A train to nowhere?

Does the proposed construction of the HS2 rail link fly in the face of economic and business logic?

A train to nowhere?

As government policies go, the planned HS2 high-speed rail network between London, Birmingham Leeds and Manchester has been particularly divisive.

Originally touted under the previous Labour administration, the project has taken flight following a public consultation initiated by the coalition government. 

However, despite announcing its intention to plough ahead with construction of the new rail network, the government has faced a number of legal challenges to its plans, whether it be from disgruntled environmentalists, animal rights activists or just the everyday taxpayer – it does come at a staggering cost of £46.2bn after all, and that is a mere estimate.

Parts of the business community have also voiced their opposition to HS2. Only last week the Institute of Directors (IOD) said it wasn’t convinced by the project, its members suggesting it offered little business sense and value for money. It also claimed the government’s projected expenditure paints only half the picture, and said a more realistic figure could be closer to £80bn. 

Nevertheless, other business leaders have offered a more pragmatic view, insisting that the rail network is necessary, but only at a cost deemed reasonable to all concerned. One only wonders what the everyday entrepreneur must think of it all. Is there really a strong enough business case for HS2?



“A burden on the business hub of London,” says Tim Stone, vice president of marketing (EMEA) at Polycom

There are many opinions flying around about HS2, but little is being said about the projected effects on congestion levels in London as the hub of British business.

It is anticipated that HS2 will result in a surge in the number of people working in London. This will be a burden on London’s public transport system, while also worsening the congestion levels. It will lead to increased spending on transport infrastructure – everything that the government is trying to avoid by building the HS2 route. It may open some business doors, but taking some of the external factors into account doesn’t paint a pretty picture.

Rather than letting London burst at the seams, we need to rethink our business culture. Many companies are now realising the benefits of remote and flexible working; like increased employee productivity, reduced costs from travel and office space and better work-life balance for employees. Instead of spending £80bn on HS2 and risking a dissatisfying and damaging ROI, we should focus on improving commutes throughout the country. This would boost the economy, make UK businesses more competitive long-term, and benefit all of the country – not just the few cities served by HS2.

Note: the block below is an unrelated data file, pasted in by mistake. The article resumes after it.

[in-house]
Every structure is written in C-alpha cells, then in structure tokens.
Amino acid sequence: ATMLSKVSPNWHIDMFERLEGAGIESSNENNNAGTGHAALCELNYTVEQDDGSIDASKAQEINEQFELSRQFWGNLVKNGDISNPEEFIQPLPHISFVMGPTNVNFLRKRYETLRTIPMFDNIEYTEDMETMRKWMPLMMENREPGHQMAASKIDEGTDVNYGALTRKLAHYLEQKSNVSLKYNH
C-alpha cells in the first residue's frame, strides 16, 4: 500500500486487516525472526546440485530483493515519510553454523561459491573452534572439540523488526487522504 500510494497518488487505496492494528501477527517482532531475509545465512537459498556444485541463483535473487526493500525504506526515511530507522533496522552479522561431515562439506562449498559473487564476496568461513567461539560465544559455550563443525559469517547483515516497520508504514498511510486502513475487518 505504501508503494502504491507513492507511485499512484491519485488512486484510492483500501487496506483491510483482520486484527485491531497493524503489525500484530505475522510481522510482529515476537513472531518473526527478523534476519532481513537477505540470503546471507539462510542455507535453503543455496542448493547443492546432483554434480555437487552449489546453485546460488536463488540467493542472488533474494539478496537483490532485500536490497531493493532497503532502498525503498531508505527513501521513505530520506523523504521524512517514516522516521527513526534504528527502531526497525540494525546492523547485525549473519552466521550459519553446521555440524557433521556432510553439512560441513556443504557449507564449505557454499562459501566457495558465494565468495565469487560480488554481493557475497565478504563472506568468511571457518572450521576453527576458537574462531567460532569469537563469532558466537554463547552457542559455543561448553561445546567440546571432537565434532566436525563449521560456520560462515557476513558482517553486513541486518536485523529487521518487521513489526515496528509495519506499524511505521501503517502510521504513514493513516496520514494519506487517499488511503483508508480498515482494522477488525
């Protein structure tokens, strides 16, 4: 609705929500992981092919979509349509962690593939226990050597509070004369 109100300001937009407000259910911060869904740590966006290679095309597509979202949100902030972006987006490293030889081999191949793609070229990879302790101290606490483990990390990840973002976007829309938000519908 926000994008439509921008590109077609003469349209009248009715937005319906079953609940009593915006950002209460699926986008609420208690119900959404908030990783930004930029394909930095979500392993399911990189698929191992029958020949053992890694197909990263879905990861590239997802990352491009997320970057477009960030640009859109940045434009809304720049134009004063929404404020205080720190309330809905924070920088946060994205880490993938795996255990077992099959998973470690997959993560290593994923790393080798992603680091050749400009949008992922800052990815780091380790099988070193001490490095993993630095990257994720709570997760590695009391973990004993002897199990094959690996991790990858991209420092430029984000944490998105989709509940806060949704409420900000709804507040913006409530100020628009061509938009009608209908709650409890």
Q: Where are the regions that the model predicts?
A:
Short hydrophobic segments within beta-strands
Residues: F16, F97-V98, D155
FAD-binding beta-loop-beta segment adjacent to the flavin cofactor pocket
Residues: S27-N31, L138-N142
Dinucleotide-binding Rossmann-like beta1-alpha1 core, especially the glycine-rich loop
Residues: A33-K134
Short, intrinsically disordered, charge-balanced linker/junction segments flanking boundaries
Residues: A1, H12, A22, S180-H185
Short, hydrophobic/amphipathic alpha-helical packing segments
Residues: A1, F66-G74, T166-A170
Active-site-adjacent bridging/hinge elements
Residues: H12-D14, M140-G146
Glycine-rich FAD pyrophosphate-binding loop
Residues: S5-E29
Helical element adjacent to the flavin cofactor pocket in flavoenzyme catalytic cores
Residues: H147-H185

“Government hasn’t been forceful enough in making its case,” says Arnab Dutt, managing director of Texane

I think that the anti-HS2 campaign has successfully overwhelmed everyone to date. The government and rail industry haven’t been forceful enough in making the case for HS2. If we don’t invest in HS2, our network grinds to a halt in 2050. There will simply not be enough capacity for the huge growth in passengers and rail freight.

In my view, they are taking far too long to implement HS2. We should be connecting London, Birmingham, Liverpool and Scotland now, not over the next 30 years. I would also suggest that the Institute of Directors should not have come out in opposition to HS2 on the basis that a majority of members are against because of cost figures that opponents have released and that are unproven. Business organisations need to ensure their members have the full picture before they take a stand on the issues.

Most people don’t yet understand the structural issues concerning rail, that new rail infrastructure is fundamental to make the UK competitive. It is not about shaving 20 minutes off a journey to Birmingham. It’s about creating the rail capacity that the country needs as the economy grows. But that message isn’t getting across. 

Adam Pescod
Adam Pescod

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